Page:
In the previous lesson, we talked about exercise and weight-loss helping you sleep better. In this lesson, we will talk about food, and how it can help or hurt your sleep. Before we get into specifics, a generalization: Eating a consistently healthy diet will improve your overall health, and by extension sleep. Again, I am not a health Guru. Seek out a nutritionist or dietician to get the best advice on eating right.
Foods That Help Your Sleep
Tryptophan. Okay, raise your hand if you knew this one would be on this list. Everyone's favorite happy, sleepy turkey drug. And yes, tryptophan does indeed induce sleepiness. But why turkey has that reputation is beyond me. Even though there is the exact same amount of tryptophan in chicken as there is turkey, for some reason, nobody ever talks about that or reports being sleepy after eating chicken. Maybe it's the stuffing... more on that in a second. The reason tryptophan makes you sleepy is that it is an amino acid that is used to synthesize melatonin, a vital hormone in the sleep-wake cycle.
Common foods with tryptophan are any meats like beef, poultry, pork, and fish. Spinach, soy, and seaweed also contain tryptophan. There are others, as well, but those are the most common. The “food” with the highest tryptophan level is sea lion kidney with a whopping 2,580mg per serving. Yummy. By comparison, turkey only has about four to five hundred.
Carbohydrates. Bread, pasta, rice, cereal, oats, wheat, etc. Carbs help you in two significant ways. If you need a little extra oomph to get you through something, such as a race, a baseball game, etc. Then “carbing up” can give that to you. However, if you don’t need anything extra, carbs will help slow you down. Some might say, weigh you down. When combined with tryptophan, carbohydrates help to speed up the effects of the former, making you sleepier faster. This may be why turkey gets the reputation that it has. Thanksgiving stuffing is a carb, which is at least served with turkey if not cooked inside the turkey itself. Eating both will get you that familiar sleepy feeling you get after Thanksgiving dinner.
Fruits and vegetables. That's right, fruits and vegetables, while part of a healthy diet, can also aid in good sleep. Bananas, in particular, are high in potassium and magnesium, which are natural muscle relaxants. Other good fruits and vegetables that help with sleep include sweet potatoes and yams, white potatoes, spinach, winter squash such as butternut squash or acorn squash, Brussel sprouts, broccoli, kale, green peas, cauliflower, celery, beets, asparagus, corn, oranges, grapefruit, mangoes, grapes... so pretty much all of them.
Some dairy. Some, but not all, dairies can help with sleep. Some include low-fat milk and yogurt. Even low-fat ice cream. You’ve heard of the warm glass of milk before bed. While this runs counter to the no fluids right before bed rule, it will help you fall asleep. I still don't personally recommend it, as having to pee might wake you up in the night. But milk with dinner would be great. Also, when you hear “low-fat ice cream” on this list, please don't hear that as “a big bowl in bed right before going to sleep.” Again maybe with dinner.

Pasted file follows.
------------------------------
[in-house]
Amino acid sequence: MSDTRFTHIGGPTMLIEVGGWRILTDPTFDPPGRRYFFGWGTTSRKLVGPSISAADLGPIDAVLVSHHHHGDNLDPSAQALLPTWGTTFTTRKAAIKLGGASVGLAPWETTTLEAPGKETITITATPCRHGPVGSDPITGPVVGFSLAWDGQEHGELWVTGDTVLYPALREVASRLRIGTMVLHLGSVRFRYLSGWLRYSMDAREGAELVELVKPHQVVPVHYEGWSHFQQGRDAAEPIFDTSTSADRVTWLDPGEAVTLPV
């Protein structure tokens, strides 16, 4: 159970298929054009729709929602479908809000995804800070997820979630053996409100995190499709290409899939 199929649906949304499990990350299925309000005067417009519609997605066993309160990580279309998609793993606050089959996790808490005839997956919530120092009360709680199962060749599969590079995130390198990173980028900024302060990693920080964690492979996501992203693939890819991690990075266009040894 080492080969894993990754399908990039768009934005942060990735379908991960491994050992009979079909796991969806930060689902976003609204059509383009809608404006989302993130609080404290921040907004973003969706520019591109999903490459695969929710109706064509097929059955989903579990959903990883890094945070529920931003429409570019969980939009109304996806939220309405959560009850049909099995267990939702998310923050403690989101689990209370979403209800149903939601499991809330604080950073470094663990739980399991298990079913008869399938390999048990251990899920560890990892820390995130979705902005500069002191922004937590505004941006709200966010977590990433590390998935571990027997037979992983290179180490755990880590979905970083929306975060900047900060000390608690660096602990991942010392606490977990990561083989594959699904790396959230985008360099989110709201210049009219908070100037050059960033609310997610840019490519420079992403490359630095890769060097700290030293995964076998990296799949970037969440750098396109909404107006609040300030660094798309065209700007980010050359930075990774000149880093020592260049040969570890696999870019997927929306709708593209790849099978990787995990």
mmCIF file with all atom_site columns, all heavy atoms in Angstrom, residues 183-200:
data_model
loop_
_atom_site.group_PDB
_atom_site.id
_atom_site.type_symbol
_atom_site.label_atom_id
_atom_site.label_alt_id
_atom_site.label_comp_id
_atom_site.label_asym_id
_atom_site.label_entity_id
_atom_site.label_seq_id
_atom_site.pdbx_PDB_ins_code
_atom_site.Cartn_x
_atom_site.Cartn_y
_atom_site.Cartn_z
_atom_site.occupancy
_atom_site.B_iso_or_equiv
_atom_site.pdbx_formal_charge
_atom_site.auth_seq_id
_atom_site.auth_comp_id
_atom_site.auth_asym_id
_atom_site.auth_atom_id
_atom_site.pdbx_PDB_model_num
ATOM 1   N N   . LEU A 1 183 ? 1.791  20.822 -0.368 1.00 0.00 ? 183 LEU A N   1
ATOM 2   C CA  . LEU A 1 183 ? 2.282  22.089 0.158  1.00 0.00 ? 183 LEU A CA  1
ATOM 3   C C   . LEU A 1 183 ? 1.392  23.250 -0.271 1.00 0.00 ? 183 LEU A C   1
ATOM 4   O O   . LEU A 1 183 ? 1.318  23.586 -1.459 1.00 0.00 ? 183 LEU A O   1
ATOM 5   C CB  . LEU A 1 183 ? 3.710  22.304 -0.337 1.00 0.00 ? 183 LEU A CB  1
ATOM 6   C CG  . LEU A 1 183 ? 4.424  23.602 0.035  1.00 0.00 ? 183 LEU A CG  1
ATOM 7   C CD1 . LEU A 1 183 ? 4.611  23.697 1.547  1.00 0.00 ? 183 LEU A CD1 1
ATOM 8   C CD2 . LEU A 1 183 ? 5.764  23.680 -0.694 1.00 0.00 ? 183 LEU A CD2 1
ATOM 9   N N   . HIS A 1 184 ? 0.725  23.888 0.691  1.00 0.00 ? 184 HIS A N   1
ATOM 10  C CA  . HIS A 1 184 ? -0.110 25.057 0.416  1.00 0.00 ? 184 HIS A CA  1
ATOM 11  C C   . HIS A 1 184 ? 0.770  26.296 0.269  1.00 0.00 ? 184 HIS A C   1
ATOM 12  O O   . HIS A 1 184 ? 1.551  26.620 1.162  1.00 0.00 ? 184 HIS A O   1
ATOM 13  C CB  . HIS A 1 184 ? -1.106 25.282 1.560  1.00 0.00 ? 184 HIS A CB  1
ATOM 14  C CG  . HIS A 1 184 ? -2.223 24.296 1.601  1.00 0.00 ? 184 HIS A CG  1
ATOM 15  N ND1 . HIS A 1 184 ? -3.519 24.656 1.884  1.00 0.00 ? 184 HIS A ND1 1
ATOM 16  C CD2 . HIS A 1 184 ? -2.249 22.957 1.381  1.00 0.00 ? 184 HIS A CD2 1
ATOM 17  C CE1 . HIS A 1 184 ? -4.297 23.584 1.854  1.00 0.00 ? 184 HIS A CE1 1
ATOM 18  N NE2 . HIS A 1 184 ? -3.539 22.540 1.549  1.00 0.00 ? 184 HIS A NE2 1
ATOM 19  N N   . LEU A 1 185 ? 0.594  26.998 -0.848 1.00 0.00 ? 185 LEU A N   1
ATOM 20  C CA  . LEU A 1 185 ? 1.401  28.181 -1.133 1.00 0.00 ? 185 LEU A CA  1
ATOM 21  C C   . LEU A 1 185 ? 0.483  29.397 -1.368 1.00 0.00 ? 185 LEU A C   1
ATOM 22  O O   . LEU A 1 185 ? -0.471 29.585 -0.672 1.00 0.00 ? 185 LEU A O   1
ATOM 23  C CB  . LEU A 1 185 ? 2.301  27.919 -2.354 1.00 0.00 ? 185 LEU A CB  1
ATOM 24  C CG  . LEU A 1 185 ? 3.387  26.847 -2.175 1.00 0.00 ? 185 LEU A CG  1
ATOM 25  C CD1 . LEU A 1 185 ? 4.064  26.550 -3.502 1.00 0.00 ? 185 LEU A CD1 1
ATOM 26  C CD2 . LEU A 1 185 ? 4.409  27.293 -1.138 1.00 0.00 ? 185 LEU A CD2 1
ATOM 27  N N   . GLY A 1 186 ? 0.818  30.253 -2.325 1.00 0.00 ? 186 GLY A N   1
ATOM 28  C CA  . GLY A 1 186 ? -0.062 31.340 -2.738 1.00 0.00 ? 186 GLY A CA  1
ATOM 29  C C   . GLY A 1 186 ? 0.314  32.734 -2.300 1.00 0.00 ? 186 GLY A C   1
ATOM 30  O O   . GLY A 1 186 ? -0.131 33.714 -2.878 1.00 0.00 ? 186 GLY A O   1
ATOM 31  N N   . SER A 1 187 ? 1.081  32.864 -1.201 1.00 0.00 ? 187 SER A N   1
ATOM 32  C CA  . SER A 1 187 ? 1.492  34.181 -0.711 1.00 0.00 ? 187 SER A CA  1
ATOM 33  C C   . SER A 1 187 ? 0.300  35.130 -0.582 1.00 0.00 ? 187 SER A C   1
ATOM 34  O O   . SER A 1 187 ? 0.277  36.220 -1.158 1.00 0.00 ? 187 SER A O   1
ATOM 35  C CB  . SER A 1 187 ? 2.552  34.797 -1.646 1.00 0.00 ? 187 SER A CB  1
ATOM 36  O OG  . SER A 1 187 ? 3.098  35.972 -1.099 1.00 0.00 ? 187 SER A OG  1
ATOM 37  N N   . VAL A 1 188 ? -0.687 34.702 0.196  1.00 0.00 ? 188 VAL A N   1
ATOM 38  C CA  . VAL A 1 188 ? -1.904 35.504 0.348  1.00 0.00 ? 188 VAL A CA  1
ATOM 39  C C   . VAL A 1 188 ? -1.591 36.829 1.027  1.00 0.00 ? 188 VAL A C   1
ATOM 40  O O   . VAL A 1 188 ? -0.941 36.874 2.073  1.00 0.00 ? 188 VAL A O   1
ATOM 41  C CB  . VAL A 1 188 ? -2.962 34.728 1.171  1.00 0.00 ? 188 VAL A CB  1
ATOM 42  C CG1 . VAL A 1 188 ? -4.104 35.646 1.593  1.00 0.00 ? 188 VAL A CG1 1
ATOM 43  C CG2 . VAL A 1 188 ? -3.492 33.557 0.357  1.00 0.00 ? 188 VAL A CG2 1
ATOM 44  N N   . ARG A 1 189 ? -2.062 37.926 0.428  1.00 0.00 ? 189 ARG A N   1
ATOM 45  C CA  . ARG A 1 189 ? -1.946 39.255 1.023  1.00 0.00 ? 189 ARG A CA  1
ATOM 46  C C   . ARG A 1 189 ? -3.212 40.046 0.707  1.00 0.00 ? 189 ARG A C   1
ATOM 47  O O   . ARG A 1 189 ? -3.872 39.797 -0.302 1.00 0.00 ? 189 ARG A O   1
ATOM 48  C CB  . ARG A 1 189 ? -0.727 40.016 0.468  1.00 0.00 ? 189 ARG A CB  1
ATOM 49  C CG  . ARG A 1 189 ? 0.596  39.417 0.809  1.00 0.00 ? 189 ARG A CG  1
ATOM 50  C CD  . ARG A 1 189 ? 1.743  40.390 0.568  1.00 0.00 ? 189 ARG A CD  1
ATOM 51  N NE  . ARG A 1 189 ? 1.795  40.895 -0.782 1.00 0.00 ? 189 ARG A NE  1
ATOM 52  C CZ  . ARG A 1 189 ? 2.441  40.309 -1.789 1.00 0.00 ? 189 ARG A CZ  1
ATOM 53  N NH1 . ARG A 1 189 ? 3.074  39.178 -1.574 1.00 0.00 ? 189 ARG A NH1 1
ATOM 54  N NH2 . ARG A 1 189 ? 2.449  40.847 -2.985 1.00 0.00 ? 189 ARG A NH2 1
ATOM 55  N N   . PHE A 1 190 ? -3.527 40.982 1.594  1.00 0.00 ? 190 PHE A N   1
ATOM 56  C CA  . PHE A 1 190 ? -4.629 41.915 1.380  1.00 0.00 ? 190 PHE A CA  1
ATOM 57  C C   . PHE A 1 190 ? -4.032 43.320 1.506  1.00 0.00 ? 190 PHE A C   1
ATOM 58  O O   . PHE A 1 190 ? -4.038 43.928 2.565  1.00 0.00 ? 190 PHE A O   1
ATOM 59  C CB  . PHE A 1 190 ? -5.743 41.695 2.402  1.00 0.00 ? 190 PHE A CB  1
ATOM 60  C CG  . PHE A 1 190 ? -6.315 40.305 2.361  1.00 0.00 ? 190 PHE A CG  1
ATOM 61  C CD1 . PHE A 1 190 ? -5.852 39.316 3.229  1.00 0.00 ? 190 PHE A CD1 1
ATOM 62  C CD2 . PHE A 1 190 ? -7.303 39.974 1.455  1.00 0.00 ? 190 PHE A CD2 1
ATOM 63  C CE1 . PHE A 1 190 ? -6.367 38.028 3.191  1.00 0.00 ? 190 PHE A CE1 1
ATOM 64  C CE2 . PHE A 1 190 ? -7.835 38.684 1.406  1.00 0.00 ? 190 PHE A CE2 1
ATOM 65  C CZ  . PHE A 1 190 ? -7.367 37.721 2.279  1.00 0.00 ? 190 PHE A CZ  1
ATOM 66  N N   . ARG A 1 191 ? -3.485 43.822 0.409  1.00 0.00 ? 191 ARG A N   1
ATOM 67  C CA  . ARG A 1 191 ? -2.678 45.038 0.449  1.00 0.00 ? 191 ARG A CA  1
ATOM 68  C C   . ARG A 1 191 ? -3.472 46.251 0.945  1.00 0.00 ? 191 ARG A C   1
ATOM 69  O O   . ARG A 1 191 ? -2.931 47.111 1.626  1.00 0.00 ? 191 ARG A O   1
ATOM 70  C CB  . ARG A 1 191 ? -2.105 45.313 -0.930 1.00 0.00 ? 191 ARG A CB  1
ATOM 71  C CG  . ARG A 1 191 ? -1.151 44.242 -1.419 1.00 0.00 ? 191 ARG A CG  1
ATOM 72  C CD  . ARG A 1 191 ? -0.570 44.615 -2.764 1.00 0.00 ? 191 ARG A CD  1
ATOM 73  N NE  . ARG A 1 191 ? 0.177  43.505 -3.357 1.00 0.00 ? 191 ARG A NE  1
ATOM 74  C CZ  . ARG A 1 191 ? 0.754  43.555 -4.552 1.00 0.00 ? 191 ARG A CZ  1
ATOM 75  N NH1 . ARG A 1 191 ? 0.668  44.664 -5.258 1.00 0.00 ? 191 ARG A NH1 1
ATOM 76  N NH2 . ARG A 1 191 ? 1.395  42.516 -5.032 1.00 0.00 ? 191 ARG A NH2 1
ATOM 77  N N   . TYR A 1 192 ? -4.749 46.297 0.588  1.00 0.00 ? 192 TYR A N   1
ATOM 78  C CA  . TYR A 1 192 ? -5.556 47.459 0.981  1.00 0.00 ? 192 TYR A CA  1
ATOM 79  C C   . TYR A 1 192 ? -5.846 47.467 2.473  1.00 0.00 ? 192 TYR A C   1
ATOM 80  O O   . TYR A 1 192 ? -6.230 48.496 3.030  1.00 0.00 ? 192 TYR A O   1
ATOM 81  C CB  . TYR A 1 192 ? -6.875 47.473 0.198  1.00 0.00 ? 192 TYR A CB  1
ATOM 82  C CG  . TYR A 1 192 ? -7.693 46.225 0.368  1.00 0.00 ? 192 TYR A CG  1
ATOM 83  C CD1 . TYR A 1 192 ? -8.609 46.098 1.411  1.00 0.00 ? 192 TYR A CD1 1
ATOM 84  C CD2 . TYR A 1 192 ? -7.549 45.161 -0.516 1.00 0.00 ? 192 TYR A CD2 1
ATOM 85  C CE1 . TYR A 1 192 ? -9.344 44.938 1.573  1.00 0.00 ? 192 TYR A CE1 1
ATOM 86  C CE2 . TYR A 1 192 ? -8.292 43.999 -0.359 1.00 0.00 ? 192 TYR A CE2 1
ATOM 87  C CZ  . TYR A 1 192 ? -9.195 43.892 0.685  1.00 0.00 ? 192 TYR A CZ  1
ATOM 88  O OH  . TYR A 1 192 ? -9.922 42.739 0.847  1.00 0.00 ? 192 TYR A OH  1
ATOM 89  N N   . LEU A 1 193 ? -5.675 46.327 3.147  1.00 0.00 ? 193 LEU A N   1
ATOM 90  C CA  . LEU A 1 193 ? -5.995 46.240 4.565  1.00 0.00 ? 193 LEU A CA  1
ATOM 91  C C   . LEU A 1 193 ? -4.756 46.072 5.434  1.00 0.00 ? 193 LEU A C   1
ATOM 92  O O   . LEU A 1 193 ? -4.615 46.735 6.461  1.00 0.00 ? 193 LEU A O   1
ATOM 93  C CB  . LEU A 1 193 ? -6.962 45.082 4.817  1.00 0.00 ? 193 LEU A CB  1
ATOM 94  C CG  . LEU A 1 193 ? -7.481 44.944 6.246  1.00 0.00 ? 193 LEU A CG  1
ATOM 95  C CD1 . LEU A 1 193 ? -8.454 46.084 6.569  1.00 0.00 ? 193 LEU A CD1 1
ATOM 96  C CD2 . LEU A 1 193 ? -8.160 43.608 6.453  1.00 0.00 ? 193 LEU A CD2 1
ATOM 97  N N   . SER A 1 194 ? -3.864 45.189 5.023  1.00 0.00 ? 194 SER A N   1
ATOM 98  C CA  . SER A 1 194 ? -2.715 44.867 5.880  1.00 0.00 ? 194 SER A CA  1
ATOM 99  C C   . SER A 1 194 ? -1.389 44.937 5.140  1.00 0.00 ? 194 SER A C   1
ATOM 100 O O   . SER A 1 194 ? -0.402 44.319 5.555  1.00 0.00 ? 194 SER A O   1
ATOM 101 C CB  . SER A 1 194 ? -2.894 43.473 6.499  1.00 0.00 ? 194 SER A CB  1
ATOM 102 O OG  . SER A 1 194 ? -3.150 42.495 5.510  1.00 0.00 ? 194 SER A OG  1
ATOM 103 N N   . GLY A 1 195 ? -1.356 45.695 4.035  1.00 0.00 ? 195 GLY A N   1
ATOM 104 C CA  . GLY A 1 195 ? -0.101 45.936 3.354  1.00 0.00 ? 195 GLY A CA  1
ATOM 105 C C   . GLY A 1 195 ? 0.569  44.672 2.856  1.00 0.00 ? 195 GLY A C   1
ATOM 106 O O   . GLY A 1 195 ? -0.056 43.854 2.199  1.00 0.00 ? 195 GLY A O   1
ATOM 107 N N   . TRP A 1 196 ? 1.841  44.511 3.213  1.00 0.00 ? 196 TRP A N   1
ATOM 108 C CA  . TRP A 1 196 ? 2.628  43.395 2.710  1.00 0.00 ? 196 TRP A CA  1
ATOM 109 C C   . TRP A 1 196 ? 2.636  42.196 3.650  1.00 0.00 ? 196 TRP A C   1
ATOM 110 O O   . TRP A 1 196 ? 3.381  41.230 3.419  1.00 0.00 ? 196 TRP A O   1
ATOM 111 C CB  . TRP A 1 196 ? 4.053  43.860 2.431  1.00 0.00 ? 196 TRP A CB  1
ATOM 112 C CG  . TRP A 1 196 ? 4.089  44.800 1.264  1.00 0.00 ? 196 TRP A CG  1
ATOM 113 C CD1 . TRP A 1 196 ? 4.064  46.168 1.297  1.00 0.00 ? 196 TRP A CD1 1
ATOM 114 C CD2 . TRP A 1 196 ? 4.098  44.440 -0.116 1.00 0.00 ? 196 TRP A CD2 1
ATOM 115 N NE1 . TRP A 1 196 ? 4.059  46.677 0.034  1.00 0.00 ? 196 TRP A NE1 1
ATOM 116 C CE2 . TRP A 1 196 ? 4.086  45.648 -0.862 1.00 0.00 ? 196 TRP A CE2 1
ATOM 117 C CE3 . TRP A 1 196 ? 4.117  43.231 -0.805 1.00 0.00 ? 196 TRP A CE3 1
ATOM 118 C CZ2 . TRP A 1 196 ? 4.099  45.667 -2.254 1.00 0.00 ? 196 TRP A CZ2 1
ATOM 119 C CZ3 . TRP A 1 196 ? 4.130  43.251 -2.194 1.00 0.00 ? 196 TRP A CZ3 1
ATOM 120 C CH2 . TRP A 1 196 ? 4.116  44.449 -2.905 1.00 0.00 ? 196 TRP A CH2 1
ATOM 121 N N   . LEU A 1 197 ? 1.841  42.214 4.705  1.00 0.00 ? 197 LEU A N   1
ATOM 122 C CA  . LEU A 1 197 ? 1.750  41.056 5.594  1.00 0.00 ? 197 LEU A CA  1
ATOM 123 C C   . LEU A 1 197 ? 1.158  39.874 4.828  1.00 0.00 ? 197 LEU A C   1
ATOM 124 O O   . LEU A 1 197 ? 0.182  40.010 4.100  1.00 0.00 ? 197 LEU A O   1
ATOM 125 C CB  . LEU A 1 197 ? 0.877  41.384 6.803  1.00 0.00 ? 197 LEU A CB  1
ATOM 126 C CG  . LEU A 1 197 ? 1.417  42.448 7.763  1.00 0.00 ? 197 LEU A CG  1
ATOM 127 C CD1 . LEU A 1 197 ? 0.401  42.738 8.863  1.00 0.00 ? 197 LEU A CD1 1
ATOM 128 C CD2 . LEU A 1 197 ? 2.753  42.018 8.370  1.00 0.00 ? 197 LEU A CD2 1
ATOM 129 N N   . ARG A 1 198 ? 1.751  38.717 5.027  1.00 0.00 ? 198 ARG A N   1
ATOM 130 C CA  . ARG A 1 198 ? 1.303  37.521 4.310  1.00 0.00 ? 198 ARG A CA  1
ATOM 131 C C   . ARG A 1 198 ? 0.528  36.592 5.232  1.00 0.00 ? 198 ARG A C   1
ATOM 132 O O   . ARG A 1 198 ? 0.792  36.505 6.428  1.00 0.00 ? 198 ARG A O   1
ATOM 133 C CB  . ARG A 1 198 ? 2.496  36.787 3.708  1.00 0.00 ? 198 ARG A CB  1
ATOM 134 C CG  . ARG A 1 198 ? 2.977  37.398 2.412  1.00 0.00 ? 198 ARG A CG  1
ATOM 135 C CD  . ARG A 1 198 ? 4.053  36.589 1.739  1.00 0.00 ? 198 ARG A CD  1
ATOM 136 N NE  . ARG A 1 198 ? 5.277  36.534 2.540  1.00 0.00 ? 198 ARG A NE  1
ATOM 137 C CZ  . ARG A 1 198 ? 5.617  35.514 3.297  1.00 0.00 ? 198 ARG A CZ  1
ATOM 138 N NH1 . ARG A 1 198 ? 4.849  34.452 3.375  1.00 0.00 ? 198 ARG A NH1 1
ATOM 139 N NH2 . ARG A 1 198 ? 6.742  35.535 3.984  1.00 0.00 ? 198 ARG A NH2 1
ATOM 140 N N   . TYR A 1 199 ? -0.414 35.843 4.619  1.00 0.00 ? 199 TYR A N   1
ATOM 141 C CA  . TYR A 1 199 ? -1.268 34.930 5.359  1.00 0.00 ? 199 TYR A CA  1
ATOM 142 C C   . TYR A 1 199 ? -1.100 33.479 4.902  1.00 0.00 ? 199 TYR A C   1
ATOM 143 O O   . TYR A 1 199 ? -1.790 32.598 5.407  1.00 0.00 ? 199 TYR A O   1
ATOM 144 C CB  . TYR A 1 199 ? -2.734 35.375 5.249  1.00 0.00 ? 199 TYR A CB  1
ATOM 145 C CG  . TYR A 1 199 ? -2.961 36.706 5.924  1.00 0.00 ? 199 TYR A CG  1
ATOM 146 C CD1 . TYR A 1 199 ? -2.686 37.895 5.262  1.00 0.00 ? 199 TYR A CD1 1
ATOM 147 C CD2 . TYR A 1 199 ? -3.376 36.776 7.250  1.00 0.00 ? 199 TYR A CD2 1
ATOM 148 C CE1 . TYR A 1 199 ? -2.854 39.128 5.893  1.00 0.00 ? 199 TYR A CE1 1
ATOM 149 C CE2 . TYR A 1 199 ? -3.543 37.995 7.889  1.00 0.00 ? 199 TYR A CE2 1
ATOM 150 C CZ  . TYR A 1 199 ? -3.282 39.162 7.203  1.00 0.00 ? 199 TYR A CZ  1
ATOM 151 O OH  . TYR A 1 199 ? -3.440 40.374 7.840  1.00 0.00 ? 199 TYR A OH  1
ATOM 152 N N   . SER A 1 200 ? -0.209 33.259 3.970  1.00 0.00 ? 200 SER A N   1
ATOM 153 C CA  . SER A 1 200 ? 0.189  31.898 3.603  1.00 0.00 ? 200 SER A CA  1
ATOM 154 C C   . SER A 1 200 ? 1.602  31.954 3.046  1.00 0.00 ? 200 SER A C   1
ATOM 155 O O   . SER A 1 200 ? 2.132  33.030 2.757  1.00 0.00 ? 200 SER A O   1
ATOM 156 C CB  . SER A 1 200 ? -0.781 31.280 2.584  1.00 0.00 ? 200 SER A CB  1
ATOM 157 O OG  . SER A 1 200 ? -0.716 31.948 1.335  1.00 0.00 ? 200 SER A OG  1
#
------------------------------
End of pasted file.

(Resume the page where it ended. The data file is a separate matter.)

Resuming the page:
Foods That Hurt Your Sleep
Alcohol and caffeine can both negatively affect your sleep. The next lesson focuses specifically on these substances and others. For the purposes of this lesson, go easy on the alcohol and caffeine 6 to 8 hours before bed.
Highly salted foods. Found frequently in processed foods, such as ready-meals, soups, highly-processed meats, and many types of bread, are extremely high salt levels. High sodium content elevates blood pressure and causes dehydration, which can interrupt sleep. Reading the labels of most of these foods will help you to easily identify them. It is listed as Sodium on the label. Make sure you know which bread is heavily-salted. The salt will counteract the benefits from the carbohydrate.
Spicy foods. Spicy foods can aggravate the GI tract, which can cause gastrointestinal ulcers and acid reflux. GI discomfort is one of the main food-related causes of insomnia.
Finally, and this isn't so much a food but a timing issue, it is suggested that you eat early. The last meal of the day should be at least 3 hours before bed. Some experts actually recommend having six small meals throughout the day, rather than eating three large meals. Also, avoid liquids at least three hours before bedtime.
The next lesson is entitled, “What Substances Are Keeping You Up?” In it, we will discuss the substances you put in your body, and how they affect your sleep. Until then, happy Z's.